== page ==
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Frédéric Kalkbrenner

November 2, 1785 - June 10, 1849
composed during the Romantic period
Friedrich Wilhelm Michael Kassel, to give his full and un-Frenchified name, was one of a number of remarkable demon pianists who flourished, mostly around Paris, in the early couple of decades of the Romantic era in music. He wrote a large quantity of music, mostly flashy and some of which is still played.

His father was a musician who had served various members of the Prussian royal Hohenzollern family as concert master and had been a director of the Paris Opera Chorus. Frédéric was born in a stagecoach on the road to Berlin. The boy showed early musical talent, leading his father to enroll him in the Paris Conservatoire at age 12. He advanced rapidly in piano under the tutelage of Louis Adam and studied harmony with Charles-Simon Catel. He won first prizes in both subjects in 1801; however, he was mesmerized by the rising figure of Napoleon Bonaparte on the French scene and dreamed of somehow becoming an officer and marching to glory in the future Emperor's Grand Army.

His father alertly removed Frédéric from Paris, taking him to Vienna where he met Haydn (who seems to have talked some sense into him and gave him advice for a musical career), probably studied with Albrechtsberger, and met Clementi. On the way back to Paris, he gave concerts in the main German cities on the way, getting a taste of public adulation. For some reason, Kalkbrenner did not make a strong impression as a pianist in Paris. In 1806, his father died and Kalkbrenner retired to a country cottage with a mistress.

After Napoleon was ousted, Kalkbrenner moved to England in 1814, living there for ten years and establishing a reputation as one of the greatest pianists. He was able to amass a comfortable fortune on his playing and composing. In 1823, he made a huge sensation with his Piano Concerto No. 1, Op. 61, which spread his fame as a player and composer across Europe. In the same year, he made his first return to the Continent and found himself enjoying great successes in Berlin and Vienna.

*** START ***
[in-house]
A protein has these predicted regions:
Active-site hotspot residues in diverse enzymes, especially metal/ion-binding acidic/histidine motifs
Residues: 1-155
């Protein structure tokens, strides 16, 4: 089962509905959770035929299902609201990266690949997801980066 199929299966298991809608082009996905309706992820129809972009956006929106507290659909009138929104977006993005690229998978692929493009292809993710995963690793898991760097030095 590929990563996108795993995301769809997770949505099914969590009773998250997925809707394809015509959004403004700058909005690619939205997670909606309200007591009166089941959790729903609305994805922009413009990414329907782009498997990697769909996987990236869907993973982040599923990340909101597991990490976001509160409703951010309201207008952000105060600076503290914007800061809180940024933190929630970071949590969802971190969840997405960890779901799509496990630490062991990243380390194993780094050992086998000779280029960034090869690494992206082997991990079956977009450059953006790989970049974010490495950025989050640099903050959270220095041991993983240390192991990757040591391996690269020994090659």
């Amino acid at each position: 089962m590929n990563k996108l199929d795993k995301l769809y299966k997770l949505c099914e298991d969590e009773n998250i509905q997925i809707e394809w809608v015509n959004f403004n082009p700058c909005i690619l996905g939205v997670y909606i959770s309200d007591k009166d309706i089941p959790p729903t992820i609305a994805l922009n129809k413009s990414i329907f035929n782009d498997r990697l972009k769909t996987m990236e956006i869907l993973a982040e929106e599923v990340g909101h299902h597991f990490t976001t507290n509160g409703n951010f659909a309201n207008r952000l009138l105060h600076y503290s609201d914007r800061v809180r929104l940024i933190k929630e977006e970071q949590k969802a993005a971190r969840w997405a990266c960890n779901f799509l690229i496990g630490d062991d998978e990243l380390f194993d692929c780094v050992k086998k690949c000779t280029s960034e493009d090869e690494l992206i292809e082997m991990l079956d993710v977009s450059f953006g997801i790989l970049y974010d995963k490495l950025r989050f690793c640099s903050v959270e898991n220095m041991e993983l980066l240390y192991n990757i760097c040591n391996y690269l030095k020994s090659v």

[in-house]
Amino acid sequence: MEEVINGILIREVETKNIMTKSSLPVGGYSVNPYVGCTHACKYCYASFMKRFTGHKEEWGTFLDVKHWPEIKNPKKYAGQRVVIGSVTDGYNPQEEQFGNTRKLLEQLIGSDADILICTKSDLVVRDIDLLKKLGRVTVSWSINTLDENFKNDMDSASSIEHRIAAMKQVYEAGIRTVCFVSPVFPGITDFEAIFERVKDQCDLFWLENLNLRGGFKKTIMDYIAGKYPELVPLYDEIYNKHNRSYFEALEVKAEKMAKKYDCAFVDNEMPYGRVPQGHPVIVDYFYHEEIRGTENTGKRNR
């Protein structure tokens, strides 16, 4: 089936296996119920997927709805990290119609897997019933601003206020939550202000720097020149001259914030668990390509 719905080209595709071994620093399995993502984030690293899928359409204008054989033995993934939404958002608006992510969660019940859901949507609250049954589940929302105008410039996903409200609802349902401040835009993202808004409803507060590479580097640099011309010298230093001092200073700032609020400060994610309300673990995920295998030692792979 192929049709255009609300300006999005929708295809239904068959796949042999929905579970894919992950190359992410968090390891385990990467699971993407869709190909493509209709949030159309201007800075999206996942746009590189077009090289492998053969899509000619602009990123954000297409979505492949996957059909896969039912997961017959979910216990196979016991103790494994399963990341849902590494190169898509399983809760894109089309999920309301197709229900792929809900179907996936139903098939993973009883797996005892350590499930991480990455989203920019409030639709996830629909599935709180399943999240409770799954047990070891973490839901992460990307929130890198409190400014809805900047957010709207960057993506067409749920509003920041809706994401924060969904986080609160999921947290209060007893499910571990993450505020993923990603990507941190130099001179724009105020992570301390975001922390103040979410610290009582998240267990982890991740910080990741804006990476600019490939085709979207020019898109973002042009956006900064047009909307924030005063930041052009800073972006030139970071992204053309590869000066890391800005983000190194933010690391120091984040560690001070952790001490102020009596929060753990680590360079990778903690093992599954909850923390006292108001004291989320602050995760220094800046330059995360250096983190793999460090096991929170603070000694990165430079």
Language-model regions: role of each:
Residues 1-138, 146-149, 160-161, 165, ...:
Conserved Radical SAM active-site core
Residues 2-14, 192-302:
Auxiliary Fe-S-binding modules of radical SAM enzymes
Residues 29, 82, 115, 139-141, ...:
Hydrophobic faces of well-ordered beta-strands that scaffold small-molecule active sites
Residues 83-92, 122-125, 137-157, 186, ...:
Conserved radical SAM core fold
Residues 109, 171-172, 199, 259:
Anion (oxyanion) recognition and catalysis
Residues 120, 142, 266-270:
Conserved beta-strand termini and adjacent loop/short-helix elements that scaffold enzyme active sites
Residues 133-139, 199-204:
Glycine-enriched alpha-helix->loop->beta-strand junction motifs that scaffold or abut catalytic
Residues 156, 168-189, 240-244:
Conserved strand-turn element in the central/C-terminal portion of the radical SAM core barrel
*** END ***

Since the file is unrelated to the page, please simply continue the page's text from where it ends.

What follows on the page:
He and other virtuosi were popularizing the newer keyboard instrument, the pianoforte, particularly in the latest London models that featured numerous mechanical and structural improvements. He wisely invested in the Pleyel piano manufacturing firm.

At the end of 1824, he moved back to Paris, settling there for good. He married an ex-general's daughter, Marie d'Estaing, and they had one son. During the next decade, he reigned supreme over all pianists in Paris and was among the top draws on concert platforms all over Europe. He was given orders and decorations by crowned heads just about everywhere he went and was highly in demand as a piano teacher. He also became a great teacher's teacher, establishing a formal institute for finishing the training of young piano teachers. He published useful methods and a "hand-guide" to piano playing, as he called it.

The good nature of Frédéric Chopin averted what could have become a serious rivalry: When the Polish pianist/composer arrived in Paris in 1831, Kalkbrenner seriously suggested that Chopin take a course in his training school. Chopin did not take offense and the two became fast friends. Chopin, however, heralded the arrival of a new generation of pianists that also included Liszt and Thalberg, who were closer to the public fancy as it shifted in the last half of the decade of the 1830s. Moreover, Kalkbrenner began to suffer from gout and nervous conditions. He virtually withdrew from the concert stage by 1840, but remained active as a teacher and composer until he fell to a cholera epidemic in 1849.

His music is dramatic, with not much beneath the surface. His left-hand writing is well-developed and foreshadows Liszt's use of it, while his octaves and figurations also had an influence on Chopin. Virtuoso effects abound and the musical line is often heavily ornamented. Practically all his music features piano and includes a large number of concerted pieces. While the music did not strike listeners then or now as possessing any great originality, it is revived today, usually with pleasing results. ~ Joseph Stevenson, Rovi
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